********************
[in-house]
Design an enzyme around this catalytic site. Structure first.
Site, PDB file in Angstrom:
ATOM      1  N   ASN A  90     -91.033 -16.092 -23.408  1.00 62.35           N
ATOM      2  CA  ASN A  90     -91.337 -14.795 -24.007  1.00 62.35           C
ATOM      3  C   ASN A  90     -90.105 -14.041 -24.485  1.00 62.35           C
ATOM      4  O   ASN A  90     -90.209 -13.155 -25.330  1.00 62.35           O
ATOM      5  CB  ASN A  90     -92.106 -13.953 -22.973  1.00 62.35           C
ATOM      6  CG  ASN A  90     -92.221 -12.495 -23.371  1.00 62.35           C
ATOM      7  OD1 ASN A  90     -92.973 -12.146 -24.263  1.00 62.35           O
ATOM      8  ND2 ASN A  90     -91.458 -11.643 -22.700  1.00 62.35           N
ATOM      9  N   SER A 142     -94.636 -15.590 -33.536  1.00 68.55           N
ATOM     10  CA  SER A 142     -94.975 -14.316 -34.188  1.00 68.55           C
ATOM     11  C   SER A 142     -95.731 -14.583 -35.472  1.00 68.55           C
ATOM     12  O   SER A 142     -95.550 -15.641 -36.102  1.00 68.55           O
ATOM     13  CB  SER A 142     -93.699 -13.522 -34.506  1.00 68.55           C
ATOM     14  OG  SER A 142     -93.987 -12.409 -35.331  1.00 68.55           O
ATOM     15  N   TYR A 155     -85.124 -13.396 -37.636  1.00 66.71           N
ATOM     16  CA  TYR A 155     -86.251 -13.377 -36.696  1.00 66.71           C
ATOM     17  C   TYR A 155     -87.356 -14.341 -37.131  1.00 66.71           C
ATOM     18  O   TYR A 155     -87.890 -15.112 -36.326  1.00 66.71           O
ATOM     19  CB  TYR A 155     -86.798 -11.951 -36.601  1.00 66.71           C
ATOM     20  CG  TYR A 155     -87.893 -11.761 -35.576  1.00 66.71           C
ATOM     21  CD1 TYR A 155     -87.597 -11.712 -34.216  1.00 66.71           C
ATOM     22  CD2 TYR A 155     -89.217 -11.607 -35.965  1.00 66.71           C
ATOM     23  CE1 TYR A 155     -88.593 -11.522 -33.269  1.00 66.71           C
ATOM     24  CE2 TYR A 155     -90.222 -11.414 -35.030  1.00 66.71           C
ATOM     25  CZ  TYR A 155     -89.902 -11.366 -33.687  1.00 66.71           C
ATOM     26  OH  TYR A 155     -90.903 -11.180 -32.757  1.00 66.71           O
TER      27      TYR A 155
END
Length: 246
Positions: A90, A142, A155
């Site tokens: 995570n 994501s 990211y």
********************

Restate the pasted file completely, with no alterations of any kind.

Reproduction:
[in-house]
Design an enzyme around this catalytic site. Structure first.
Site, PDB file in Angstrom:
ATOM      1  N   ASN A  90     -91.033 -16.092 -23.408  1.00 62.35           N
ATOM      2  CA  ASN A  90     -91.337 -14.795 -24.007  1.00 62.35           C
ATOM      3  C   ASN A  90     -90.105 -14.041 -24.485  1.00 62.35           C
ATOM      4  O   ASN A  90     -90.209 -13.155 -25.330  1.00 62.35           O
ATOM      5  CB  ASN A  90     -92.106 -13.953 -22.973  1.00 62.35           C
ATOM      6  CG  ASN A  90     -92.221 -12.495 -23.371  1.00 62.35           C
ATOM      7  OD1 ASN A  90     -92.973 -12.146 -24.263  1.00 62.35           O
ATOM      8  ND2 ASN A  90     -91.458 -11.643 -22.700  1.00 62.35           N
ATOM      9  N   SER A 142     -94.636 -15.590 -33.536  1.00 68.55           N
ATOM     10  CA  SER A 142     -94.975 -14.316 -34.188  1.00 68.55           C
ATOM     11  C   SER A 142     -95.731 -14.583 -35.472  1.00 68.55           C
ATOM     12  O   SER A 142     -95.550 -15.641 -36.102  1.00 68.55           O
ATOM     13  CB  SER A 142     -93.699 -13.522 -34.506  1.00 68.55           C
ATOM     14  OG  SER A 142     -93.987 -12.409 -35.331  1.00 68.55           O
ATOM     15  N   TYR A 155     -85.124 -13.396 -37.636  1.00 66.71           N
ATOM     16  CA  TYR A 155     -86.251 -13.377 -36.696  1.00 66.71           C
ATOM     17  C   TYR A 155     -87.356 -14.341 -37.131  1.00 66.71           C
ATOM     18  O   TYR A 155     -87.890 -15.112 -36.326  1.00 66.71           O
ATOM     19  CB  TYR A 155     -86.798 -11.951 -36.601  1.00 66.71           C
ATOM     20  CG  TYR A 155     -87.893 -11.761 -35.576  1.00 66.71           C
ATOM     21  CD1 TYR A 155     -87.597 -11.712 -34.216  1.00 66.71           C
ATOM     22  CD2 TYR A 155     -89.217 -11.607 -35.965  1.00 66.71           C
ATOM     23  CE1 TYR A 155     -88.593 -11.522 -33.269  1.00 66.71           C
ATOM     24  CE2 TYR A 155     -90.222 -11.414 -35.030  1.00 66.71           C
ATOM     25  CZ  TYR A 155     -89.902 -11.366 -33.687  1.00 66.71           C
ATOM     26  OH  TYR A 155     -90.903 -11.180 -32.757  1.00 66.71           O
TER      27      TYR A 155
END
Length: 246
Positions: A90, A142, A155
């Site tokens: 995570n 994501s 990211y």